A baseline is the expected normal operating range for a metric or attribute of a monitor.

The baseline is calculated by collecting the values for a monitor's attributes and performance metrics over a specified time period. Performance metrics are numeric datas and can be looked at in a statistical context. Non-numeric data is used as additional diagnostics to aid in problem isolation. Infrastructure Management collects non-numeric data on demand in the form of diagnostics which are an important part of problem isolation. 

Numeric performance data (metrics)

Metrics can be classified as follows:

  • Statistical Distribution Types  
    All performance metrics in the system are described using metadata. The distribution type is important to know how the data is handled downstream when we condense the data and generate baselines of the condensed data.
  • Normal Distribution
    A large sample of data values follow the typical statistical bell shape curve. Majority of metrics follow this distribution:

  • Non-Normal Distribution
    Metrics which do not follow the normal distribution are classified as non-normal. Typically these metrics may have values which  the normal range. Response time usually follows a non-normal distribution.

Raw (stats)

It is the numeric data which is collected by the monitors.  This is fed into the Analytical Engine as data streams and is constantly under scrutiny for deviations against the normal operating range.


Condensed (rate)

It is the hourly summary of the raw data.  Three values are retained for every hour. 90%tile,median, and 10%tiles are taken as high, mid, and low values for non-normal data in order to ensure an accurate baseline is established off of this condensed data. For normal distribution data we will use the max/avg/min for the three values.


 A low baseline value (consisting of the 10th percentile of all the values for a given time period) and a high baseline value (consisting of the 90th percentile of all the values for a given time period), are established taking a weighted average of these values over time. A higher weight is given to the latest data being factored into the baseline average. The accuracy of the baseline improves over time.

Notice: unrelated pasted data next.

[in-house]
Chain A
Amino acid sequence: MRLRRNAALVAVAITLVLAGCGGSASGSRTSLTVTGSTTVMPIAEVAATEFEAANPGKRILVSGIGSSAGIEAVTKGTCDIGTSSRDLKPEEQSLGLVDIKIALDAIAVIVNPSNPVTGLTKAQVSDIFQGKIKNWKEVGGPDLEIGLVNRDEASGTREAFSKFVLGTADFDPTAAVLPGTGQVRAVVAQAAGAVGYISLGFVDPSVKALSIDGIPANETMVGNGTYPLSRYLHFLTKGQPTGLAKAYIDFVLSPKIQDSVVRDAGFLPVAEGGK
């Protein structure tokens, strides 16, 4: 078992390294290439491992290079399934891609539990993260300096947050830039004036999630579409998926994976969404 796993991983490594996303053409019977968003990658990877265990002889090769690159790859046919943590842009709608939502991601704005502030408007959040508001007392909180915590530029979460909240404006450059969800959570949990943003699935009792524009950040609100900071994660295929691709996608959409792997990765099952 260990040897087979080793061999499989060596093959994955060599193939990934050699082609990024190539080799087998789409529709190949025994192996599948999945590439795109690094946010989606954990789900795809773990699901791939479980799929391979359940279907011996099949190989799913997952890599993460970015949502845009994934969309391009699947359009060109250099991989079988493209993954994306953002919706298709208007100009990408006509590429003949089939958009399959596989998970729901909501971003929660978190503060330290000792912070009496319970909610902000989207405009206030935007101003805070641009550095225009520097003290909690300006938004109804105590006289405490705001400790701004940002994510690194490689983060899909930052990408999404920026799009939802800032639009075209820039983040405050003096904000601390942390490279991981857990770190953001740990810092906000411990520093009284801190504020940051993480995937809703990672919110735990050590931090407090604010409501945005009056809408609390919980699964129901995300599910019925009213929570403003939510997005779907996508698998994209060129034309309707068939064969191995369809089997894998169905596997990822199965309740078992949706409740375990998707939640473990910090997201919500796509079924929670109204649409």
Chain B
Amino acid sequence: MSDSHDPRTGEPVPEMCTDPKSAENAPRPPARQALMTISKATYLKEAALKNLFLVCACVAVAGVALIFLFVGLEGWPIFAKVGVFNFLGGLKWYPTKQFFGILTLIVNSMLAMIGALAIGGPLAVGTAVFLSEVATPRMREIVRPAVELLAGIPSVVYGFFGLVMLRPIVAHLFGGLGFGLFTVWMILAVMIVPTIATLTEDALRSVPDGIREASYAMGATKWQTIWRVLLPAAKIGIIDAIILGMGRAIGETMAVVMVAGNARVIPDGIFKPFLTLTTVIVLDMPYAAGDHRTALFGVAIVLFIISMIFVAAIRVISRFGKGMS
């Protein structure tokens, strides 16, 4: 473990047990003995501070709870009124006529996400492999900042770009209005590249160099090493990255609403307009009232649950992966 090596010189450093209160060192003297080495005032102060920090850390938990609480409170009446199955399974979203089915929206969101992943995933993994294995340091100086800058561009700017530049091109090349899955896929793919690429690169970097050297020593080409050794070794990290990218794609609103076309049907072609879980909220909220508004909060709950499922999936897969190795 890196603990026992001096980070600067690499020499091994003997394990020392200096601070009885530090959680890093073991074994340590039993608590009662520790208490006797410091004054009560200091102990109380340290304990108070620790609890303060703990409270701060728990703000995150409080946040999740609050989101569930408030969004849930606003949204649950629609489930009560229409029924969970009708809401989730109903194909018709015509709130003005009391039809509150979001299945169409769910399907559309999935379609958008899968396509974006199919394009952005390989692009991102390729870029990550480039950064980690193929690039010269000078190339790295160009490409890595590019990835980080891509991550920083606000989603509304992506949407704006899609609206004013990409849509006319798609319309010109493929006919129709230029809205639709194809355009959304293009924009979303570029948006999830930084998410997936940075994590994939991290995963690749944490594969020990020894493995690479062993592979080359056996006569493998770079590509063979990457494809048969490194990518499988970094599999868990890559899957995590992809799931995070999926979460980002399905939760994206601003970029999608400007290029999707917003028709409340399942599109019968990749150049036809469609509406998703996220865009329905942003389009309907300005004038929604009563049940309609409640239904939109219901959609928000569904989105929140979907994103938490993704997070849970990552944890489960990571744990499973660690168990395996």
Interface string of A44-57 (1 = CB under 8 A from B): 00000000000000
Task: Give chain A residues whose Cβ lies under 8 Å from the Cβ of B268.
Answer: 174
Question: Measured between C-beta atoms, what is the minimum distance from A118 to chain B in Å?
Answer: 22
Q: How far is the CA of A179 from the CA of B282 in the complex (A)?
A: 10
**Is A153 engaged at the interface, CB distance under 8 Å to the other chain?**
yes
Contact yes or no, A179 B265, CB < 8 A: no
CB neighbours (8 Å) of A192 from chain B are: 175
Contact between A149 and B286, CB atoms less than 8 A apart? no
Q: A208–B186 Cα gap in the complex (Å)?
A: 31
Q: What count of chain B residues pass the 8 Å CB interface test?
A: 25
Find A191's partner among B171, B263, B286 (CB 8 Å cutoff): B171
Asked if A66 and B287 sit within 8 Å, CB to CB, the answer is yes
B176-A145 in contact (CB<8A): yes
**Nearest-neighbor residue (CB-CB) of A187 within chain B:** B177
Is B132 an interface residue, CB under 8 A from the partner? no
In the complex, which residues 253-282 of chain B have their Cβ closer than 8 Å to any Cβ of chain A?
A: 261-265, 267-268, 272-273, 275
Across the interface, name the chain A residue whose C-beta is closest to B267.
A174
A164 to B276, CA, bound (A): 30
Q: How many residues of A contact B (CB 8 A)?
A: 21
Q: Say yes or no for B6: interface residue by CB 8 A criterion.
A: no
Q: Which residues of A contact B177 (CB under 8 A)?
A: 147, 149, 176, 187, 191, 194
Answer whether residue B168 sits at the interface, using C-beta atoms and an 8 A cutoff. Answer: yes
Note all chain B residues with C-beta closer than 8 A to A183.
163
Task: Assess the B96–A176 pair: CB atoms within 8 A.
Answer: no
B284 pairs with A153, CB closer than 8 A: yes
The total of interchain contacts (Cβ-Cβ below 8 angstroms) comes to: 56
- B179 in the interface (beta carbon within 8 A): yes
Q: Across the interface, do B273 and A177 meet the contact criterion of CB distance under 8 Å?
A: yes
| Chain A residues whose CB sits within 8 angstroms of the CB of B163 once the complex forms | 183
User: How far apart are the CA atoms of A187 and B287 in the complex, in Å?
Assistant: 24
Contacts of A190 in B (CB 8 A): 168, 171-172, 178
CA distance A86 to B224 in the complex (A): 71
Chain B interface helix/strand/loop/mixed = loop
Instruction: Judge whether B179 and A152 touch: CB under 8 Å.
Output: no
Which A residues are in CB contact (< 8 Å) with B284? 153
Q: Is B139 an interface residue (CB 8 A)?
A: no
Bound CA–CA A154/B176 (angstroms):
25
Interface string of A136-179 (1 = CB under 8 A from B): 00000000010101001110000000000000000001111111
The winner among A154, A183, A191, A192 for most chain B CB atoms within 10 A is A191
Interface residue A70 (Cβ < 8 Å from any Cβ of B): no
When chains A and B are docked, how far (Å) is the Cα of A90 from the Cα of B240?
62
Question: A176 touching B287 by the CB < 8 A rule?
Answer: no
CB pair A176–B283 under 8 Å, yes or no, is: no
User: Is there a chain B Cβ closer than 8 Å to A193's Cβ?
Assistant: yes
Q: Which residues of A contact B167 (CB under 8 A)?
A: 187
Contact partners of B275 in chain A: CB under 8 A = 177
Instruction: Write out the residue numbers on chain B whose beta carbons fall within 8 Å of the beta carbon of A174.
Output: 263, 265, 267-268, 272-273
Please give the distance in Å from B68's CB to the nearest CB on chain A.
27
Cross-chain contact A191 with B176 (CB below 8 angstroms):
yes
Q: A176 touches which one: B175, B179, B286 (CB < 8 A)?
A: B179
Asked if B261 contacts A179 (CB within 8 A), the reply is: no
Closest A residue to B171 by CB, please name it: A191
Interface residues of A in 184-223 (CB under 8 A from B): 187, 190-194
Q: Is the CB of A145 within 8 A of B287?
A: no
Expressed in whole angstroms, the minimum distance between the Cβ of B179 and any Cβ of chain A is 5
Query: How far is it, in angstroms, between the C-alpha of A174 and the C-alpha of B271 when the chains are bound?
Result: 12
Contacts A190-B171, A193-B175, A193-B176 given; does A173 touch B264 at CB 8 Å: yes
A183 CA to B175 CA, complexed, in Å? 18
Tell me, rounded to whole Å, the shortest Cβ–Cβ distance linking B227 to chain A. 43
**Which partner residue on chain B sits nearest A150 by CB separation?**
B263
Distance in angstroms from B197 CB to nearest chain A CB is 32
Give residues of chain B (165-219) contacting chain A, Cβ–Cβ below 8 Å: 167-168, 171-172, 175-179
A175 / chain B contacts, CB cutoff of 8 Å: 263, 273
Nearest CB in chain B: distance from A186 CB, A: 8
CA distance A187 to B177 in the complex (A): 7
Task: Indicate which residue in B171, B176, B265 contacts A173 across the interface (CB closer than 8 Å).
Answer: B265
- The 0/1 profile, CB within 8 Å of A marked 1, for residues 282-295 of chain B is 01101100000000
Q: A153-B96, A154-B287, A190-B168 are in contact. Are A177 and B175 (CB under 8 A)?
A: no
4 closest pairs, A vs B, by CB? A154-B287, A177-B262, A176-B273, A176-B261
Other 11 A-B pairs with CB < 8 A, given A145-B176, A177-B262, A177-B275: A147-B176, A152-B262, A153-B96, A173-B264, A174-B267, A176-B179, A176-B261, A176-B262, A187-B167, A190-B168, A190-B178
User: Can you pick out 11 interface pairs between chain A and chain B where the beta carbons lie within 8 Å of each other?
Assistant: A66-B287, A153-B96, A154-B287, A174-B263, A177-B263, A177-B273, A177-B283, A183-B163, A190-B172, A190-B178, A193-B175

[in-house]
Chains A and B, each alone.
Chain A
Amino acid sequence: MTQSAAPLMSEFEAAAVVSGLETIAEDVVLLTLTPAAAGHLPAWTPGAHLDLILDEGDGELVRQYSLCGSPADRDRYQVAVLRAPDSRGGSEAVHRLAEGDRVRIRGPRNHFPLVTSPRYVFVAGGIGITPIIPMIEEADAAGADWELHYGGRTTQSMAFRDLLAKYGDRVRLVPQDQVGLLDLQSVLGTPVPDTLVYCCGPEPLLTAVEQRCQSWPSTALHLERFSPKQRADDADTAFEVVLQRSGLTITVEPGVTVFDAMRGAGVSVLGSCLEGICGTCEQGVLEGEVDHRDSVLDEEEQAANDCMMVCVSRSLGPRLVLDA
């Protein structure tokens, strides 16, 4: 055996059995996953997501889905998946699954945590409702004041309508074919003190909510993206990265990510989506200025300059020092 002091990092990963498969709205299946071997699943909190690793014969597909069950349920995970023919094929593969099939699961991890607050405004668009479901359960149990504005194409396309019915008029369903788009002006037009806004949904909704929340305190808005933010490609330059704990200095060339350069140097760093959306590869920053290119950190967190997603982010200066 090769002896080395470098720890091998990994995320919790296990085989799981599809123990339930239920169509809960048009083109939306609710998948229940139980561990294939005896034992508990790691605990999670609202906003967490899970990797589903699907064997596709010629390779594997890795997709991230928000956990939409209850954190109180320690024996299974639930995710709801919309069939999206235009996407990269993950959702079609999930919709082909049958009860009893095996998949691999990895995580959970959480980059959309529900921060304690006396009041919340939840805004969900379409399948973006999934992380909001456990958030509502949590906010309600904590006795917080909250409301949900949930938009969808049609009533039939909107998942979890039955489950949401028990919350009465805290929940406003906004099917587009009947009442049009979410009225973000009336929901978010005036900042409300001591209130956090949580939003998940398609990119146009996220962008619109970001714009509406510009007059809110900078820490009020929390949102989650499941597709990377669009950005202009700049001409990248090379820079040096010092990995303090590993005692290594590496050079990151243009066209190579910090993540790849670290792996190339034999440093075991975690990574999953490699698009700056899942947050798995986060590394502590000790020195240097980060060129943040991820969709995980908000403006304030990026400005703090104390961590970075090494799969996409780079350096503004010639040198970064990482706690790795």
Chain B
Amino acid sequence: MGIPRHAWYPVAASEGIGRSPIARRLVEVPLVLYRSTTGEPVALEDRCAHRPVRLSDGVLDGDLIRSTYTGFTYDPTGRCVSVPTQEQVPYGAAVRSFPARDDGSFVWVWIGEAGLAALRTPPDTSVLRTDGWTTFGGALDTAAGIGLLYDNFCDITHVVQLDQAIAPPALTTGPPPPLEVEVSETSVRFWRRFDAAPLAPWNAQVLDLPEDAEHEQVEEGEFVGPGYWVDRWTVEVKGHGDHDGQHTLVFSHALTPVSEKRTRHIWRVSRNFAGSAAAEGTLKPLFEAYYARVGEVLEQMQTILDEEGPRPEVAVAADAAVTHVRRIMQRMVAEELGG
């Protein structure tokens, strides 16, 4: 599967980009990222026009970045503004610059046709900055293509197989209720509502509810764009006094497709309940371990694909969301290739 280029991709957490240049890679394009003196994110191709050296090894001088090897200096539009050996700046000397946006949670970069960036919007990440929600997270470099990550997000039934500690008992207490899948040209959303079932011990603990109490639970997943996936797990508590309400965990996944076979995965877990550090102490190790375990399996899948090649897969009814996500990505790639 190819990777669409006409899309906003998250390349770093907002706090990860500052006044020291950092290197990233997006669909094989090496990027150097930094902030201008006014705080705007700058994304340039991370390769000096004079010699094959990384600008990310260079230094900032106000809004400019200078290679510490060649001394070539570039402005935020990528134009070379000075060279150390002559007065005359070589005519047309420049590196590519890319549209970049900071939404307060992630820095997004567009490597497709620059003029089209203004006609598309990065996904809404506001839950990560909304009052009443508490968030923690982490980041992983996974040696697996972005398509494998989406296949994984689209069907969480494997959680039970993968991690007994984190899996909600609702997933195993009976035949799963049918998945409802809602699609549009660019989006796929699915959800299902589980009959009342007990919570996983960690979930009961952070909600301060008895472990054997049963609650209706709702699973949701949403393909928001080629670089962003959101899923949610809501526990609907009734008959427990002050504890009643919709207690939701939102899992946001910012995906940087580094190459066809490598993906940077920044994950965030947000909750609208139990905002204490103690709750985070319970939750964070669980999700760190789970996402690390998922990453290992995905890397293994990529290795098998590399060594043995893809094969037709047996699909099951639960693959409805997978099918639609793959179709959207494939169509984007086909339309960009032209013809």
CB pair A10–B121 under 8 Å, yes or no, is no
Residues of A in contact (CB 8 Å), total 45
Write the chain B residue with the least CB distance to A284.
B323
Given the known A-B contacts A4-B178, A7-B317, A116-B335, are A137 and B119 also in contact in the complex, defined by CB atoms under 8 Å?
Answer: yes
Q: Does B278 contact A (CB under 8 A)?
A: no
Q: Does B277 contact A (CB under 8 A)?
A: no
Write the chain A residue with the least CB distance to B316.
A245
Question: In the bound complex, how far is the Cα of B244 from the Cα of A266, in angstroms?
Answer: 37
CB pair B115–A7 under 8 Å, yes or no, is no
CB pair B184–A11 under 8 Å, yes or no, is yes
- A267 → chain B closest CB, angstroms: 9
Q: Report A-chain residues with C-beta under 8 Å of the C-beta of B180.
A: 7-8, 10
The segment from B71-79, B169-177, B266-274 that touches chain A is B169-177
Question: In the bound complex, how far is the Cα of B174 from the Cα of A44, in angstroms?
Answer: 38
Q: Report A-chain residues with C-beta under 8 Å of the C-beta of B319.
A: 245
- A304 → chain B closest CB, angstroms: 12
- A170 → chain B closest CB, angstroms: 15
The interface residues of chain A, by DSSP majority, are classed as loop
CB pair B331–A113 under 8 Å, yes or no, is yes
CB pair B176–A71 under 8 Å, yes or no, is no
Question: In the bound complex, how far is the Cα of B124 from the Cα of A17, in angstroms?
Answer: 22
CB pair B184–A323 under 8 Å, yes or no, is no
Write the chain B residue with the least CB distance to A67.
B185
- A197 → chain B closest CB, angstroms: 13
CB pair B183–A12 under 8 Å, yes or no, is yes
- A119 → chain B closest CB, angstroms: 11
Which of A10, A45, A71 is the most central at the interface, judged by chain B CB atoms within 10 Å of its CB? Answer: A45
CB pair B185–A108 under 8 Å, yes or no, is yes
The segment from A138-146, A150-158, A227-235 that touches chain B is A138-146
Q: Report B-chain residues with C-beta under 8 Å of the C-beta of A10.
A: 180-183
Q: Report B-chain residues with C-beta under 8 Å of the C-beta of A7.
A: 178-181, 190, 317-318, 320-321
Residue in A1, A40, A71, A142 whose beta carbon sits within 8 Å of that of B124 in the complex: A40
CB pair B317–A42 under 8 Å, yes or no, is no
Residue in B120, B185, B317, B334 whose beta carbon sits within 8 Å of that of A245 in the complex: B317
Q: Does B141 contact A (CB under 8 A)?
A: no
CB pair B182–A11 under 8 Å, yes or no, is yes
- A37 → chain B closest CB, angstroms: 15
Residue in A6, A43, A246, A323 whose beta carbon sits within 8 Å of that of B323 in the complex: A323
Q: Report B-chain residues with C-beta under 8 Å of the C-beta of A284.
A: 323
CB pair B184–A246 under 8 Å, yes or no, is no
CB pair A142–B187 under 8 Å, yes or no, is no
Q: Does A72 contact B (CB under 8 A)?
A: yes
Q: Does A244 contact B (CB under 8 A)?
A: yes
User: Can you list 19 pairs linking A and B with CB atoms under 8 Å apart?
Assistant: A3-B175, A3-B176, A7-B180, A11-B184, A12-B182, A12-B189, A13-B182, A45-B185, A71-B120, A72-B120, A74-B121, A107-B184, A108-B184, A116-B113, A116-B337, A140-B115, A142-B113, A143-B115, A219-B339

To track the anomalies in behavior for different attribute types, different patterns are required. For example, for attributes that change frequently, a pattern captured at hourly intervals may be best. Hourly interval ranges represent a smaller number of data points and have a tighter range, which is best suited for capturing frequent changes.

Infrastructure Management captures the following baseline patterns:

  • Hourly baseline—Each hour of the day has a high or low value that is tracked. This tracks the pattern for that metric on an hourly basis, and this pattern is repeated for each day. An hourly baseline is initialized after the monitor instance is created and 24 hours of data collection has occurred.
  • Daily baseline—A high or low value is derived from the moving average of each consecutive day. This high or low range is taken from a larger number of data values and, consequently, will be a wider range than the hourly. A daily baseline is initialized after the monitor instance is created and 24 hours of data collection has occurred.   
  • Weekday Pattern—Baseline is calculated daily from Monday to Friday. All these days share the same 24-hour baseline. A weekly baseline is initialized after the monitor instance is created and 168 hours of data collection has occurred. 
  • Weekend Pattern—Baseline is calculated separately for the weekend - Saturday and Sunday. These two days share the same 24-hour baseline. 
  • Seasonal baselne—Baseline is calculated separately for pre-determined days when your business experiences out of the ordinary workloads or other special behavior. These days, if calculated into the baseline, it artificially raises or lowers the baseline, causing unnecessary abnormalities.

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